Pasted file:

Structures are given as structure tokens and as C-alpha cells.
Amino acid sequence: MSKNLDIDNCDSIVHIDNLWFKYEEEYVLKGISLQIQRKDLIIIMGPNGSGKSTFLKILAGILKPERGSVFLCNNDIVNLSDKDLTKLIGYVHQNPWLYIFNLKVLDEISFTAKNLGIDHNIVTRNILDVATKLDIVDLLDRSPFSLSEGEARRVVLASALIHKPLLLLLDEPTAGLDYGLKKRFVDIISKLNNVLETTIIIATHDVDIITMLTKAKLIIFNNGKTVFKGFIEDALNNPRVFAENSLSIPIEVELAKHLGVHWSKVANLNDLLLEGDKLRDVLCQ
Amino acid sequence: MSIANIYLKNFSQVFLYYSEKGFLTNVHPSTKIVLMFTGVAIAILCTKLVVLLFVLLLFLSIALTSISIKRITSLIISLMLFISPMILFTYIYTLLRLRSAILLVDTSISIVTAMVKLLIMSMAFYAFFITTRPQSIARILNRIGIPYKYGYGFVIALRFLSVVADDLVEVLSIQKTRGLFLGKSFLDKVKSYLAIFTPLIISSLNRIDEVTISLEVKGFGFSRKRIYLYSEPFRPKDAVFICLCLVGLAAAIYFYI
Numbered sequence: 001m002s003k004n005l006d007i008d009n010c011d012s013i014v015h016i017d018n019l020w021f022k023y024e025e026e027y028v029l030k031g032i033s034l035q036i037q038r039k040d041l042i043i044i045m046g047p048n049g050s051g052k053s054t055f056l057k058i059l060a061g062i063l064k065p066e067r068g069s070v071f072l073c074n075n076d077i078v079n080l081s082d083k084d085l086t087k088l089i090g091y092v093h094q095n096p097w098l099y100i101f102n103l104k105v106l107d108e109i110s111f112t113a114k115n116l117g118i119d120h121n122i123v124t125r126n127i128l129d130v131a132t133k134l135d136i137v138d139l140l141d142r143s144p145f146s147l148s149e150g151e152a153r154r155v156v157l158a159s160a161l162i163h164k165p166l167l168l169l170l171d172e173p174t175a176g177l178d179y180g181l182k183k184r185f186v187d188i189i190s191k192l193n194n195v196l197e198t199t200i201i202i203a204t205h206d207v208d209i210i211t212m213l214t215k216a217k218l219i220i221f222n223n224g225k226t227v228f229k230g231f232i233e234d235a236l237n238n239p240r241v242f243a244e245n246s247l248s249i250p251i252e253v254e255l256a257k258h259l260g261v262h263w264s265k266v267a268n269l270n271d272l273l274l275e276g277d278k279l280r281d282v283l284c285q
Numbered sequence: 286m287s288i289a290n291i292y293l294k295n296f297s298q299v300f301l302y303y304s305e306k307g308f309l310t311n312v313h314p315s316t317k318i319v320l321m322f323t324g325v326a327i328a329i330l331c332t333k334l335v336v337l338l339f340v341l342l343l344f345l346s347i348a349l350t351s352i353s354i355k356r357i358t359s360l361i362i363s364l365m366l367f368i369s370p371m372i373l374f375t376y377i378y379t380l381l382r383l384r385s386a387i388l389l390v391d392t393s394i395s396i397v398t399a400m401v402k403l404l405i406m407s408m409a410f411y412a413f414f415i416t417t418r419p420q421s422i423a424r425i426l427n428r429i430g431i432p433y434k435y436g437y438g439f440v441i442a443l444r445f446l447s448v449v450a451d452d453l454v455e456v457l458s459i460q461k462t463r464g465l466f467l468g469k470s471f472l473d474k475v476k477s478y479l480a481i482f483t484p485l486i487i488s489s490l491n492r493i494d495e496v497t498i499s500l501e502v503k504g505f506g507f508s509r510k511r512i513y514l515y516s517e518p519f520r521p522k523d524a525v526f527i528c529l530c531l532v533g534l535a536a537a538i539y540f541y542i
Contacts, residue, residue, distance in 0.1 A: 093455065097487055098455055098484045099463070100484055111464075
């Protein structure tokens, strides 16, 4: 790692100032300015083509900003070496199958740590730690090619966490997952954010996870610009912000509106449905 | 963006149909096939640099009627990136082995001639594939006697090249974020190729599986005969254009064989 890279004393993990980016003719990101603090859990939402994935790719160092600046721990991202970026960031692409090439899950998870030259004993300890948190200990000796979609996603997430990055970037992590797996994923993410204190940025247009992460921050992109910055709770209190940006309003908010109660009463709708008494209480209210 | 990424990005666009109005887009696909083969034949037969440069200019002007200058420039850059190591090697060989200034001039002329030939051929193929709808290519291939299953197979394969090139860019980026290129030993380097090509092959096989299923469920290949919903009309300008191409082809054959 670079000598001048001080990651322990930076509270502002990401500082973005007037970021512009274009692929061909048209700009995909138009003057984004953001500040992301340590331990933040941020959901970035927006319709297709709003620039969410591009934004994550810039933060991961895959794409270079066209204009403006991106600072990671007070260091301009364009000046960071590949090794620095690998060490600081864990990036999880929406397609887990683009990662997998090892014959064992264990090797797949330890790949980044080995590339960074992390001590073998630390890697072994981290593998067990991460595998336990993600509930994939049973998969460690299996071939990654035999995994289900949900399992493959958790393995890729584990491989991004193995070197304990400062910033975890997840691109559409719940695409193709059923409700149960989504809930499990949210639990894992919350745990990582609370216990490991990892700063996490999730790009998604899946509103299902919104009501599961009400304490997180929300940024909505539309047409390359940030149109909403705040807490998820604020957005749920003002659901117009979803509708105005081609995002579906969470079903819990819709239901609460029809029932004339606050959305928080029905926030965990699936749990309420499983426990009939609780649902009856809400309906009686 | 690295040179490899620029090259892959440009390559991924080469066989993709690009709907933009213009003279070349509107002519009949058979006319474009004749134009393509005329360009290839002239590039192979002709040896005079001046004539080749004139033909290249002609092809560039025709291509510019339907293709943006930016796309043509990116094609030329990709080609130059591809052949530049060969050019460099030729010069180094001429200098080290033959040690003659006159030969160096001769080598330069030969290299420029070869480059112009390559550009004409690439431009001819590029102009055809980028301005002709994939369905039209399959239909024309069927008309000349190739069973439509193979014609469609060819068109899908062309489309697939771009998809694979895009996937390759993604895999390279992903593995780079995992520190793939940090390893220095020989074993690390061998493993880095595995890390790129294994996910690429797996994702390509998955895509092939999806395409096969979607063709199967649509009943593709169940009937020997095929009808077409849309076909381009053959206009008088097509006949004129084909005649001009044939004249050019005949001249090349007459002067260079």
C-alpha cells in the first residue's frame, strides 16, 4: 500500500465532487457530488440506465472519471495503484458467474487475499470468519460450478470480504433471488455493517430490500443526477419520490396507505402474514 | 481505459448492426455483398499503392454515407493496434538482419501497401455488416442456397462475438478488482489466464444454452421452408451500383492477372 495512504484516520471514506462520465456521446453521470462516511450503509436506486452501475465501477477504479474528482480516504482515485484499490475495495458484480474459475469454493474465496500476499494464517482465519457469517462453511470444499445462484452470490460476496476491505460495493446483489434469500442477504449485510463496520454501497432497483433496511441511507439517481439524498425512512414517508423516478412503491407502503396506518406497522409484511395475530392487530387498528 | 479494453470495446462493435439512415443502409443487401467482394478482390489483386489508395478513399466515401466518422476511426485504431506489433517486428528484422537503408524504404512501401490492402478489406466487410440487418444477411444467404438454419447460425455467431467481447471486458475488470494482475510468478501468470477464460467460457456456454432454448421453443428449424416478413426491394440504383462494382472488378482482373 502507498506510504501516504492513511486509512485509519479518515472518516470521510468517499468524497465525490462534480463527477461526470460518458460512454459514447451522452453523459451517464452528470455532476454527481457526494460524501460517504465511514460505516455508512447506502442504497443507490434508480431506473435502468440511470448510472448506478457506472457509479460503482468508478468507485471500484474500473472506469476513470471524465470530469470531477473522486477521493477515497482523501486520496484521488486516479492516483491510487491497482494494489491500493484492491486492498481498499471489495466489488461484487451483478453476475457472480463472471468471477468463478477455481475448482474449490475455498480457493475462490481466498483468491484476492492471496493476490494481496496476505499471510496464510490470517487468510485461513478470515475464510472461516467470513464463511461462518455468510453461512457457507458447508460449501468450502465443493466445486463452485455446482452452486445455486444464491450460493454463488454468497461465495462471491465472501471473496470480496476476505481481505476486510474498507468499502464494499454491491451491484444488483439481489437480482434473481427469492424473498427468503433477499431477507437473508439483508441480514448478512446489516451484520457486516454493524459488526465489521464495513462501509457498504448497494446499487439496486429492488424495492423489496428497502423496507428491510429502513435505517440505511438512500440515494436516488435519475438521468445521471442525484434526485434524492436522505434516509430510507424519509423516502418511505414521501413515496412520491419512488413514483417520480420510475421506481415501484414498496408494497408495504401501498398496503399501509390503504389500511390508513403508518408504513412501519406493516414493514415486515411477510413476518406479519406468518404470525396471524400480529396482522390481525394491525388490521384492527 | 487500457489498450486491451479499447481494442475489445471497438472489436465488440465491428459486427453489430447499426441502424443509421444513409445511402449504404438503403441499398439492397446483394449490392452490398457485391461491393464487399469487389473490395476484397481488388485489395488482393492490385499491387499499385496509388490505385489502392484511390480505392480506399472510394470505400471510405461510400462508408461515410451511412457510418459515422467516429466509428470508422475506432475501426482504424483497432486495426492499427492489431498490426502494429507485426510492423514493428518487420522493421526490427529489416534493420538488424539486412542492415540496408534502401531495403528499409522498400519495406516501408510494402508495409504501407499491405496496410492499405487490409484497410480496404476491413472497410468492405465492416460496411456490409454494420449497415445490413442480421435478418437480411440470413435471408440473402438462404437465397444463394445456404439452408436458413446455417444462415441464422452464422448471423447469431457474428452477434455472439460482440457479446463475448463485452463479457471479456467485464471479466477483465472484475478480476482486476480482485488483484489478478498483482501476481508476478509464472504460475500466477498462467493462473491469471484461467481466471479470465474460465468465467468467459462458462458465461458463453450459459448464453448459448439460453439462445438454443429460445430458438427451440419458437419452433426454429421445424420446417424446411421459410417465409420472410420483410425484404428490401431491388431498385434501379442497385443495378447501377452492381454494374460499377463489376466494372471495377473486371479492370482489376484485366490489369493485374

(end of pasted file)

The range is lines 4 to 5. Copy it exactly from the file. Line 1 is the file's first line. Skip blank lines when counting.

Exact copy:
Numbered sequence: 001m002s003k004n005l006d007i008d009n010c011d012s013i014v015h016i017d018n019l020w021f022k023y024e025e026e027y028v029l030k031g032i033s034l035q036i037q038r039k040d041l042i043i044i045m046g047p048n049g050s051g052k053s054t055f056l057k058i059l060a061g062i063l064k065p066e067r068g069s070v071f072l073c074n075n076d077i078v079n080l081s082d083k084d085l086t087k088l089i090g091y092v093h094q095n096p097w098l099y100i101f102n103l104k105v106l107d108e109i110s111f112t113a114k115n116l117g118i119d120h121n122i123v124t125r126n127i128l129d130v131a132t133k134l135d136i137v138d139l140l141d142r143s144p145f146s147l148s149e150g151e152a153r154r155v156v157l158a159s160a161l162i163h164k165p166l167l168l169l170l171d172e173p174t175a176g177l178d179y180g181l182k183k184r185f186v187d188i189i190s191k192l193n194n195v196l197e198t199t200i201i202i203a204t205h206d207v208d209i210i211t212m213l214t215k216a217k218l219i220i221f222n223n224g225k226t227v228f229k230g231f232i233e234d235a236l237n238n239p240r241v242f243a244e245n246s247l248s249i250p251i252e253v254e255l256a257k258h259l260g261v262h263w264s265k266v267a268n269l270n271d272l273l274l275e276g277d278k279l280r281d282v283l284c285q
Numbered sequence: 286m287s288i289a290n291i292y293l294k295n296f297s298q299v300f301l302y303y304s305e306k307g308f309l310t311n312v313h314p315s316t317k318i319v320l321m322f323t324g325v326a327i328a329i330l331c332t333k334l335v336v337l338l339f340v341l342l343l344f345l346s347i348a349l350t351s352i353s354i355k356r357i358t359s360l361i362i363s364l365m366l367f368i369s370p371m372i373l374f375t376y377i378y379t380l381l382r383l384r385s386a387i388l389l390v391d392t393s394i395s396i397v398t399a400m401v402k403l404l405i406m407s408m409a410f411y412a413f414f415i416t417t418r419p420q421s422i423a424r425i426l427n428r429i430g431i432p433y434k435y436g437y438g439f440v441i442a443l444r445f446l447s448v449v450a451d452d453l454v455e456v457l458s459i460q461k462t463r464g465l466f467l468g469k470s471f472l473d474k475v476k477s478y479l480a481i482f483t484p485l486i487i488s489s490l491n492r493i494d495e496v497t498i499s500l501e502v503k504g505f506g507f508s509r510k511r512i513y514l515y516s517e518p519f520r521p522k523d524a525v526f527i528c529l530c531l532v533g534l535a536a537a538i539y540f541y542i